For investors who have already invested or are considering investing in the medicinal cannabis sector, comprehending the regulatory landscape is the most important prerequisite to making informed investment decisions. Being frank, the international medicinal cannabis industry is a very difficult business and building supply chains across borders is fraught with regulatory challenges. Furthermore, the investment landscape has changed dramatically over the past twelve months following a precipitous fall in market valuations, which has only been compounded by the COVID-19 crisis. Naturally, history often repeats itself and the cannabis industry to date has been your typical story of boom and bust.

Longer term

Now that cannabis markets have corrected, investors should start to look at companies that are positioned for the longer term, have their core fundamentals in place, and focus on a specific segment of the medicinal cannabis supply chain. Luckily for us at Bedrocan, we have been in a very unique situation given our relationship with the OMC in our singular role as a contract manufacturer and the fact that we have never been beholden to external pressures, such as capital market forces. We have remained laser-focused on doing what we know – and that is growing high-quality, standardised medicinal cannabis flower. As it transpires, one of the biggest issues currently facing the medicinal cannabis market on the cultivation side is the production of cannabis flower that meets the highest quality standards and ultimately achieves the necessary batch-to-batch consistency in terms of cannabinoid content to be effectively used as a medicine.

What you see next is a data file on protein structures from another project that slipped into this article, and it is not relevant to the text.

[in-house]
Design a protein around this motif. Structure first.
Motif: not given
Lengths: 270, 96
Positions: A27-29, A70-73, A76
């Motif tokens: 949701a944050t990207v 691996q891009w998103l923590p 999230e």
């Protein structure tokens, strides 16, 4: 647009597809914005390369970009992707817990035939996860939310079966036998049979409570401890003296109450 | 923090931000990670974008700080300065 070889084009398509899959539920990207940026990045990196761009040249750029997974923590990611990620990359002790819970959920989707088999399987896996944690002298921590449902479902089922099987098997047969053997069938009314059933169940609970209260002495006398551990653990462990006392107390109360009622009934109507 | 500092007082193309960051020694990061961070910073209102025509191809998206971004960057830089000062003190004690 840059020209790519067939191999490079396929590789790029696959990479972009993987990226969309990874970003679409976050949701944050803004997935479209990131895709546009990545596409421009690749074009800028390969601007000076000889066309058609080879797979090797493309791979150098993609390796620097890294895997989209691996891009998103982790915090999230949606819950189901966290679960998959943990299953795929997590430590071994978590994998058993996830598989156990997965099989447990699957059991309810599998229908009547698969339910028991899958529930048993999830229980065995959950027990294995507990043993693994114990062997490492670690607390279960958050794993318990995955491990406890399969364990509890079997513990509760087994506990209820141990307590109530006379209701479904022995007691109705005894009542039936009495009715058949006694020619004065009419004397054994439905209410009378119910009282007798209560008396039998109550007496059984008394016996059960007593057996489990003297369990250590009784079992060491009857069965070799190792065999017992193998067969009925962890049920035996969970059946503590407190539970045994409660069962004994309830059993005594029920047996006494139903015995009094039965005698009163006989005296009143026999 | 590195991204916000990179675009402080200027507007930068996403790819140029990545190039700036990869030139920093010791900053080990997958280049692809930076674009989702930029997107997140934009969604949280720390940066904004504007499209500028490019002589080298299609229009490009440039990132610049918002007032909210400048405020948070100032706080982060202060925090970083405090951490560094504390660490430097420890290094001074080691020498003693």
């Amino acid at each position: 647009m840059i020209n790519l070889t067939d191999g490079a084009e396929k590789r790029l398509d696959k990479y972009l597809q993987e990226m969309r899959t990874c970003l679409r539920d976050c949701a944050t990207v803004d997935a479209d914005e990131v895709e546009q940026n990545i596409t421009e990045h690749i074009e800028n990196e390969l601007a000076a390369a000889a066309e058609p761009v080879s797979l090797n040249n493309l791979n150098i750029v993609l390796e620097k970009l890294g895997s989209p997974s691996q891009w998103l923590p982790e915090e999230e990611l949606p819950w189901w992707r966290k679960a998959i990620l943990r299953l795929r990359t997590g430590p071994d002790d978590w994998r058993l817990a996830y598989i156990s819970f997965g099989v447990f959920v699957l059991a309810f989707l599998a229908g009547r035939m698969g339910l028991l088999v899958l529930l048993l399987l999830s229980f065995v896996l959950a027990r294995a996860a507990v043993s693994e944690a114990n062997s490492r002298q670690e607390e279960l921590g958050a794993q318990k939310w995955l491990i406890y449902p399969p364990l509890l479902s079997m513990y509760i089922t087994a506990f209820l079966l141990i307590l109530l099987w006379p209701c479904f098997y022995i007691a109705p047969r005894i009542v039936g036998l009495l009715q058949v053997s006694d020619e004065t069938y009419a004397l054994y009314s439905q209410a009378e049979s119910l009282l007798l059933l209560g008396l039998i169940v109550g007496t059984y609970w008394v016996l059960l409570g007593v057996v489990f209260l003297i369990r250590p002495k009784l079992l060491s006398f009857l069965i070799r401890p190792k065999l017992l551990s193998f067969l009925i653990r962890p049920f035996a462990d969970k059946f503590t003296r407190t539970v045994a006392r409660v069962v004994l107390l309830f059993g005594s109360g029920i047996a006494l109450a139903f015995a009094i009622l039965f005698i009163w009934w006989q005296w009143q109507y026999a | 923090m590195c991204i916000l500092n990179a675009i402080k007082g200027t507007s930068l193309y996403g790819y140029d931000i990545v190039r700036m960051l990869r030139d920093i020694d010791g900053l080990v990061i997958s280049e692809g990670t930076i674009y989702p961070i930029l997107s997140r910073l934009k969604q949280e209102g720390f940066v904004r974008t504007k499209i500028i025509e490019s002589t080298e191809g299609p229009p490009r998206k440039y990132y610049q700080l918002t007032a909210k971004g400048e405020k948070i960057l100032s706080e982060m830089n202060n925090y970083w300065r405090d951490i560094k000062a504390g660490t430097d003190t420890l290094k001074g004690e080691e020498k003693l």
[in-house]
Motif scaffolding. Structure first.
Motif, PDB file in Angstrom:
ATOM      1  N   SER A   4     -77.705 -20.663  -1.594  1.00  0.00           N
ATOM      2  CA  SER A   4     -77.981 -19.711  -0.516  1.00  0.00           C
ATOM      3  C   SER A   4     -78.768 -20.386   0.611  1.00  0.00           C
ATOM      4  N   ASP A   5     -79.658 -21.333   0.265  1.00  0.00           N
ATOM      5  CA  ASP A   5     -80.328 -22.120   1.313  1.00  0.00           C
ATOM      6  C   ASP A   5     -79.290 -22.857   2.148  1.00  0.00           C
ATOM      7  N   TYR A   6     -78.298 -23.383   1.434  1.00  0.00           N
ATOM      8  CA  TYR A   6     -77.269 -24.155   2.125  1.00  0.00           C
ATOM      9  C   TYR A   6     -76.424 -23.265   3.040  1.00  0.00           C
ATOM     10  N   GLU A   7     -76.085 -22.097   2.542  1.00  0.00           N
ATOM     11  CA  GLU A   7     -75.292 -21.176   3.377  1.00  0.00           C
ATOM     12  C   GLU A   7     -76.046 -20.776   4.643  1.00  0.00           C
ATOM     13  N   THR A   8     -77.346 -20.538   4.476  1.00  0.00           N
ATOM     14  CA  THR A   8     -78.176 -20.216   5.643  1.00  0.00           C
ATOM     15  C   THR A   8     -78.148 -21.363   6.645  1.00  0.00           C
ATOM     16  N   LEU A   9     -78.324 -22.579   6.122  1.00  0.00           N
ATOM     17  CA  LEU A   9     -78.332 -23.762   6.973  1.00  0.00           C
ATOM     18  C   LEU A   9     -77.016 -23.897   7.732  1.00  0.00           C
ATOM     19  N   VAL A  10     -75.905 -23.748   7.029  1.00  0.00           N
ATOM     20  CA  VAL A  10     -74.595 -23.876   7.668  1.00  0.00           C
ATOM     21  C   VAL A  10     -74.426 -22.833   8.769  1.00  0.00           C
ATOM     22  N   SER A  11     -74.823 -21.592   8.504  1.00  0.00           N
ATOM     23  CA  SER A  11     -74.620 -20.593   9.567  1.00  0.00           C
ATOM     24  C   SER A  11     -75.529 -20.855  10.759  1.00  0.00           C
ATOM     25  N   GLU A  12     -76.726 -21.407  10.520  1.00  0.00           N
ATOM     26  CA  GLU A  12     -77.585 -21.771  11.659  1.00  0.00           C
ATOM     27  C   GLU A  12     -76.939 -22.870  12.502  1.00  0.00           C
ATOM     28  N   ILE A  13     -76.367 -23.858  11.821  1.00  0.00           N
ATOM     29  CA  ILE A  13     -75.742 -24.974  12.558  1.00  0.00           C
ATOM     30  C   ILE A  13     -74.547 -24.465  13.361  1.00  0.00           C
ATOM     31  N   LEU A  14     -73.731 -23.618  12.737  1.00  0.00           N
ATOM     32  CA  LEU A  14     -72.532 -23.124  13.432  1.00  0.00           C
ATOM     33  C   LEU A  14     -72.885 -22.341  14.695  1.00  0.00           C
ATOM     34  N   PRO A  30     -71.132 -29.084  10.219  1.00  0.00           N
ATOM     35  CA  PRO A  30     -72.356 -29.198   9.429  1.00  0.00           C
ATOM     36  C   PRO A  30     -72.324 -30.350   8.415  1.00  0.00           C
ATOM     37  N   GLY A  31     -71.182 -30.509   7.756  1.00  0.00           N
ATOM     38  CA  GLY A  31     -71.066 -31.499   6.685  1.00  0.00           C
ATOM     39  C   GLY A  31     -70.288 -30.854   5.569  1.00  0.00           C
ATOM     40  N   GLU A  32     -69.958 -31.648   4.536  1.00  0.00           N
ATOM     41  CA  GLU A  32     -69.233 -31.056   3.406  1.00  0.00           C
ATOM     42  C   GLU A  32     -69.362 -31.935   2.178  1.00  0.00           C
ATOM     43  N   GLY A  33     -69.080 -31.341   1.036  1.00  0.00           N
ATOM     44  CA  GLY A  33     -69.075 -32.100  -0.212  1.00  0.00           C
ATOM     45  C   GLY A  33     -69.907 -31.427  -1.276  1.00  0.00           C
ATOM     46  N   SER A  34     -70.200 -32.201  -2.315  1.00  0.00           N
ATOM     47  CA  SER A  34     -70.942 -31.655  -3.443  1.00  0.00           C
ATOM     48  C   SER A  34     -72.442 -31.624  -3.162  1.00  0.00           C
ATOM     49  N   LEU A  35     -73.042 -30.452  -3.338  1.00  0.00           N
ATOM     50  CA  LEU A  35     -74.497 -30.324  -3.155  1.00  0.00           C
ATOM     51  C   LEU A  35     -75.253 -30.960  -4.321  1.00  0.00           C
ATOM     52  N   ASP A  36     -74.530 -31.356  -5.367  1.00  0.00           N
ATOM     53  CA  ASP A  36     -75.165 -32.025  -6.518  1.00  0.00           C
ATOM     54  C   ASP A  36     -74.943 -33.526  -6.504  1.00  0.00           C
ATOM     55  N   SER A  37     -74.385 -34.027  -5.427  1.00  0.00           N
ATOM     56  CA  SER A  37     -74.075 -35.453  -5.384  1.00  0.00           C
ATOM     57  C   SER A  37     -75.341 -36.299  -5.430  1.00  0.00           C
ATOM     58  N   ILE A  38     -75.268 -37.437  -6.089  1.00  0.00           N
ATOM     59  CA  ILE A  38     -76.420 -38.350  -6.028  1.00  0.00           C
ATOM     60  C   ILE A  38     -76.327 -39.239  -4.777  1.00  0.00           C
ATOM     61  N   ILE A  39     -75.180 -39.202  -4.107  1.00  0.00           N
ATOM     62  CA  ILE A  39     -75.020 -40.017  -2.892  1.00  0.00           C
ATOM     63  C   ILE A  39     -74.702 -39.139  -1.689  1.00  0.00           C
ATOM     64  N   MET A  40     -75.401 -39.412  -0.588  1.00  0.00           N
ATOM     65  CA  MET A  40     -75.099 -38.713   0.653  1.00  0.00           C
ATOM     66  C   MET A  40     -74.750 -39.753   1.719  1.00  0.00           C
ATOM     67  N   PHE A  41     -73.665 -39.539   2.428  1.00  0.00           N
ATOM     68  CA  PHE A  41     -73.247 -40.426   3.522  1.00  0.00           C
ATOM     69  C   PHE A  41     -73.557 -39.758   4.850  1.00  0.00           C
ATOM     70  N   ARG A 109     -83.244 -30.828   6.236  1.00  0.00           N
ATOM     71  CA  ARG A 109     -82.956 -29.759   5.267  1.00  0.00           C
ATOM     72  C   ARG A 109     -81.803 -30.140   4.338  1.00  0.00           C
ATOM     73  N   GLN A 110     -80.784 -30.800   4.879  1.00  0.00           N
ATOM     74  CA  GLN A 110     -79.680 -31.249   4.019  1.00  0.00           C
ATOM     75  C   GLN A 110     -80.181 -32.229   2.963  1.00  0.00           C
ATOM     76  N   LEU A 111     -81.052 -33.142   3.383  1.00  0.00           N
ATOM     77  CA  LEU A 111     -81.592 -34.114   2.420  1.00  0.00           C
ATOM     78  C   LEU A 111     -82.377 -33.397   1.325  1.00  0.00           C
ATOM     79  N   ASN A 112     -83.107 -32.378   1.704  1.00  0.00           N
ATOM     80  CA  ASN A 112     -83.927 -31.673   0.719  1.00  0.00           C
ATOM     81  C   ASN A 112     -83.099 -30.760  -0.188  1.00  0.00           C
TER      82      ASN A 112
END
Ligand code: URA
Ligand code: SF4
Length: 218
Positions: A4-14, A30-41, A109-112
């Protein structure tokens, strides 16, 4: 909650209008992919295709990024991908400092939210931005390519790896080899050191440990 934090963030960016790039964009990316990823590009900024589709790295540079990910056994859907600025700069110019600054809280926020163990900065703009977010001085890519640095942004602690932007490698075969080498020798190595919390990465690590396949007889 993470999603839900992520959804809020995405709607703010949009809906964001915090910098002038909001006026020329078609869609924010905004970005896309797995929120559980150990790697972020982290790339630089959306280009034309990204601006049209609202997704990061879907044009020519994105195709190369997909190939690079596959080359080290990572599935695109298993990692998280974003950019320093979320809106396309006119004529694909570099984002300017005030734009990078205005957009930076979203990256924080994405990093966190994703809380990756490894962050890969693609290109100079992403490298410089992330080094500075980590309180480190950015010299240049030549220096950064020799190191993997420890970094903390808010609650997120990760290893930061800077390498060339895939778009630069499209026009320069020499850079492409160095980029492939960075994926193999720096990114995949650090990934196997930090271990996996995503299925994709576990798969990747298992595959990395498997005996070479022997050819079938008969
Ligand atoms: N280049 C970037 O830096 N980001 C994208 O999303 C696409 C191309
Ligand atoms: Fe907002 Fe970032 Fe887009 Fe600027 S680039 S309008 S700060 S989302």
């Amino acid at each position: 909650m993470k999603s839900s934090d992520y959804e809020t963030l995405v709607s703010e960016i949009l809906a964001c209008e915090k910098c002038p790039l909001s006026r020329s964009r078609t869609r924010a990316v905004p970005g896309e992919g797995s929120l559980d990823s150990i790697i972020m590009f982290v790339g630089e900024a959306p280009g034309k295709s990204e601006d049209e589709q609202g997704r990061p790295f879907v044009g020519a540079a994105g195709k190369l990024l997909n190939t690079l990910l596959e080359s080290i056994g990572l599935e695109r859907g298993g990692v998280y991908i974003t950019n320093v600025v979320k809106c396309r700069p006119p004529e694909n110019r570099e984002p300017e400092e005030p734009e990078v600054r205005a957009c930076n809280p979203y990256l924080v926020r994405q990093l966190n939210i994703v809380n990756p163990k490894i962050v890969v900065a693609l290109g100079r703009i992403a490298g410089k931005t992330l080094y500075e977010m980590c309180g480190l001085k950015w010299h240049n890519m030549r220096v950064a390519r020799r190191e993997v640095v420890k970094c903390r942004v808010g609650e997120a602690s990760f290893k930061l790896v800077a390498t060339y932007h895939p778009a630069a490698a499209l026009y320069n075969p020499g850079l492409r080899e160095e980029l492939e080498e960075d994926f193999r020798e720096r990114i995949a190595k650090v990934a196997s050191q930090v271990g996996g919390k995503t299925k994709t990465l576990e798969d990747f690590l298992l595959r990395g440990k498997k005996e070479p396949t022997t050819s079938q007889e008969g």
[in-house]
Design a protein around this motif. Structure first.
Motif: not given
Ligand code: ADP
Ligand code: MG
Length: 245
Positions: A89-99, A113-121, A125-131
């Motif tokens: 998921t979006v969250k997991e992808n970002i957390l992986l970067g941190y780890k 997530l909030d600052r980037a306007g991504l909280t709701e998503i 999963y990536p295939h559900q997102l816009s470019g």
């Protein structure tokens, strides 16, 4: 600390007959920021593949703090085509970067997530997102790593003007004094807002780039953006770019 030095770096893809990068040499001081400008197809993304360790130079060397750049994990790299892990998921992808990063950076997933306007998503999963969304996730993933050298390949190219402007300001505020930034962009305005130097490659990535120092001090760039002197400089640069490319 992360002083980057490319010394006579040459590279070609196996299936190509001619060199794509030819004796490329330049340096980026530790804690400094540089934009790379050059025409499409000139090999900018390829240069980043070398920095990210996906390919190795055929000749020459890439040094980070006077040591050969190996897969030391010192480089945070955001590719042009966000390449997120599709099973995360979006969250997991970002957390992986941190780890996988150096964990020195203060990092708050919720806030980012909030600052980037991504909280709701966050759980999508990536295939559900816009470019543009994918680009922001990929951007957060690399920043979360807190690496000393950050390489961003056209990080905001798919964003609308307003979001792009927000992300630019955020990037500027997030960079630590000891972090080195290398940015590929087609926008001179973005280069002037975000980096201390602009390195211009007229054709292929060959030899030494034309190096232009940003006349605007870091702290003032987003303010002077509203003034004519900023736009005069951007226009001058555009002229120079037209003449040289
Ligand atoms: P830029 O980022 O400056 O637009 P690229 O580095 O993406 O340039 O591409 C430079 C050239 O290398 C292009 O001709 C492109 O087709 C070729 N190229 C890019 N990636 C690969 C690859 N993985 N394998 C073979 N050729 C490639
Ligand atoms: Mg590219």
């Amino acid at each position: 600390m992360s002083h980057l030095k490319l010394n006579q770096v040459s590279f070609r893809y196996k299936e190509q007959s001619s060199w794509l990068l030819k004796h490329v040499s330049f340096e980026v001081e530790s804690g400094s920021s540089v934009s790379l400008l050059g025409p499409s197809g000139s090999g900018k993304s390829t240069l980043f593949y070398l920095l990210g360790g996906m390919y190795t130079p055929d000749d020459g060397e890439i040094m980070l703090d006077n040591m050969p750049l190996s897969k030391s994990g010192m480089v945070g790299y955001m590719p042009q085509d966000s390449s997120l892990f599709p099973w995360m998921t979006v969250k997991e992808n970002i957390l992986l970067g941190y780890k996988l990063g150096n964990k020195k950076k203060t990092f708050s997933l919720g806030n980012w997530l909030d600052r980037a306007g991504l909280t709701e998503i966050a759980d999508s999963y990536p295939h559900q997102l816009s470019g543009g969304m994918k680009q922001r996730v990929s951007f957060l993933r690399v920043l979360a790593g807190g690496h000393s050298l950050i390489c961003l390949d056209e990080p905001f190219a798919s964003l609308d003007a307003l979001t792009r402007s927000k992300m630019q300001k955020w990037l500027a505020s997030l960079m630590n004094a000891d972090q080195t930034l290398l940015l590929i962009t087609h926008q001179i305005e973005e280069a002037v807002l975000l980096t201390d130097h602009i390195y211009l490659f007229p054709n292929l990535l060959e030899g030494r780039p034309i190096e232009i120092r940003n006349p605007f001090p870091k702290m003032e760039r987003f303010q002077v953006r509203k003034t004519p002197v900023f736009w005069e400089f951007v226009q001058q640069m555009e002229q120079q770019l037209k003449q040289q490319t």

Specialisation

In that vein, we believe that specialisation is a trend that will continue to develop in the medicinal cannabis market. Given the capital-intensive nature of medicinal cannabis operations generally, full vertical integration is a fool’s errand and it makes more sense to collaborate with companies across the entire supply chain, something that happens in any regular industry. In the end, we hope that medicinal cannabis will be treated like any other medicine and that it follows the normal pharmaceutical pathway. This route is definitely timely and costly, and in search of greater returns, cannabis companies have started shifting their resources away from the medicinal cannabis market towards the recreational opportunity, which often comes at the expense of the medicinal cannabis patient.

The fallout from the recent cannabis market downturn has only served to underline this trend. Indeed, there has never been a more important time to invest in a responsible medicinal cannabis ecosystem and at Bedrocan, we will continue to do what we have done since our inception: cultivating to serve our patients.